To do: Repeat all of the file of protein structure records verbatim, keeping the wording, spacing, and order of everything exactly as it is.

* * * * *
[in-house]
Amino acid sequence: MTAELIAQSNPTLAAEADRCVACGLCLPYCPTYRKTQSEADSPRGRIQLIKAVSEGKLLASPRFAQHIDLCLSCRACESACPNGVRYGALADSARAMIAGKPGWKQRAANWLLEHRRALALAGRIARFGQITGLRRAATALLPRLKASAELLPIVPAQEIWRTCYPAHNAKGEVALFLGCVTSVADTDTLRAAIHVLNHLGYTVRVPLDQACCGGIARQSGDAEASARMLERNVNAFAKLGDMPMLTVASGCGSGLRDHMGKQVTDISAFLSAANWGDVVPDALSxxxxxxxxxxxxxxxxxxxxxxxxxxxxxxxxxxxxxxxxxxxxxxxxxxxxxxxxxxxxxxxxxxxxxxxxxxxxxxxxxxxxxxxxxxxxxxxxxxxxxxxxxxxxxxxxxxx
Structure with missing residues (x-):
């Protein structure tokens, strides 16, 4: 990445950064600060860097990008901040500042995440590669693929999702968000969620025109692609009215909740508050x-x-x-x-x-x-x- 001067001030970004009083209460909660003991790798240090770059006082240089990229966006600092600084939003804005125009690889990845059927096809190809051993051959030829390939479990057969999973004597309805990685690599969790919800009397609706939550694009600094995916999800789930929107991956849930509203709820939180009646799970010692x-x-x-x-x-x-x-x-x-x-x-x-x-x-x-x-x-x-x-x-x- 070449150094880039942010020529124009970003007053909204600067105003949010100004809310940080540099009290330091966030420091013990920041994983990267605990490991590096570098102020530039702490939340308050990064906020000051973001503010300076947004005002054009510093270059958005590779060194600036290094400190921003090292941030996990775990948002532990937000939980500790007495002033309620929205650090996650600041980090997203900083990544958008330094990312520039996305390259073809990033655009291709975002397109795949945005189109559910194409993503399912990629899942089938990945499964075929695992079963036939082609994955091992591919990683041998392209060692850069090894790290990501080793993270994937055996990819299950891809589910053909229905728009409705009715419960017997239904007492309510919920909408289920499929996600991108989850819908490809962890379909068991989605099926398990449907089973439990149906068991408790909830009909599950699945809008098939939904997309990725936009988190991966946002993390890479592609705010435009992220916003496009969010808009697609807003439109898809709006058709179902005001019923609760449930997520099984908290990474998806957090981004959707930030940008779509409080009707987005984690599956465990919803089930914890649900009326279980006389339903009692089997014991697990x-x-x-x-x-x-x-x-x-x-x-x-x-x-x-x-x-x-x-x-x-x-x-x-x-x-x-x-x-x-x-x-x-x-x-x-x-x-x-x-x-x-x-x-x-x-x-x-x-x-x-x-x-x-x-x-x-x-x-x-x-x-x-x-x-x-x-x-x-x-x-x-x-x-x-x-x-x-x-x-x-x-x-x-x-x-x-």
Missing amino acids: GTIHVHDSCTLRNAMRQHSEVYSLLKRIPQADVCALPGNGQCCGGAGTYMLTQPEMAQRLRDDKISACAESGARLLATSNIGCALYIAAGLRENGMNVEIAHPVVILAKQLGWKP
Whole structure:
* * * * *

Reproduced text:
[in-house]
Amino acid sequence: MTAELIAQSNPTLAAEADRCVACGLCLPYCPTYRKTQSEADSPRGRIQLIKAVSEGKLLASPRFAQHIDLCLSCRACESACPNGVRYGALADSARAMIAGKPGWKQRAANWLLEHRRALALAGRIARFGQITGLRRAATALLPRLKASAELLPIVPAQEIWRTCYPAHNAKGEVALFLGCVTSVADTDTLRAAIHVLNHLGYTVRVPLDQACCGGIARQSGDAEASARMLERNVNAFAKLGDMPMLTVASGCGSGLRDHMGKQVTDISAFLSAANWGDVVPDALSxxxxxxxxxxxxxxxxxxxxxxxxxxxxxxxxxxxxxxxxxxxxxxxxxxxxxxxxxxxxxxxxxxxxxxxxxxxxxxxxxxxxxxxxxxxxxxxxxxxxxxxxxxxxxxxxxxx
Structure with missing residues (x-):
């Protein structure tokens, strides 16, 4: 990445950064600060860097990008901040500042995440590669693929999702968000969620025109692609009215909740508050x-x-x-x-x-x-x- 001067001030970004009083209460909660003991790798240090770059006082240089990229966006600092600084939003804005125009690889990845059927096809190809051993051959030829390939479990057969999973004597309805990685690599969790919800009397609706939550694009600094995916999800789930929107991956849930509203709820939180009646799970010692x-x-x-x-x-x-x-x-x-x-x-x-x-x-x-x-x-x-x-x-x- 070449150094880039942010020529124009970003007053909204600067105003949010100004809310940080540099009290330091966030420091013990920041994983990267605990490991590096570098102020530039702490939340308050990064906020000051973001503010300076947004005002054009510093270059958005590779060194600036290094400190921003090292941030996990775990948002532990937000939980500790007495002033309620929205650090996650600041980090997203900083990544958008330094990312520039996305390259073809990033655009291709975002397109795949945005189109559910194409993503399912990629899942089938990945499964075929695992079963036939082609994955091992591919990683041998392209060692850069090894790290990501080793993270994937055996990819299950891809589910053909229905728009409705009715419960017997239904007492309510919920909408289920499929996600991108989850819908490809962890379909068991989605099926398990449907089973439990149906068991408790909830009909599950699945809008098939939904997309990725936009988190991966946002993390890479592609705010435009992220916003496009969010808009697609807003439109898809709006058709179902005001019923609760449930997520099984908290990474998806957090981004959707930030940008779509409080009707987005984690599956465990919803089930914890649900009326279980006389339903009692089997014991697990x-x-x-x-x-x-x-x-x-x-x-x-x-x-x-x-x-x-x-x-x-x-x-x-x-x-x-x-x-x-x-x-x-x-x-x-x-x-x-x-x-x-x-x-x-x-x-x-x-x-x-x-x-x-x-x-x-x-x-x-x-x-x-x-x-x-x-x-x-x-x-x-x-x-x-x-x-x-x-x-x-x-x-x-x-x-x-």
Missing amino acids: GTIHVHDSCTLRNAMRQHSEVYSLLKRIPQADVCALPGNGQCCGGAGTYMLTQPEMAQRLRDDKISACAESGARLLATSNIGCALYIAAGLRENGMNVEIAHPVVILAKQLGWKP
Whole structure: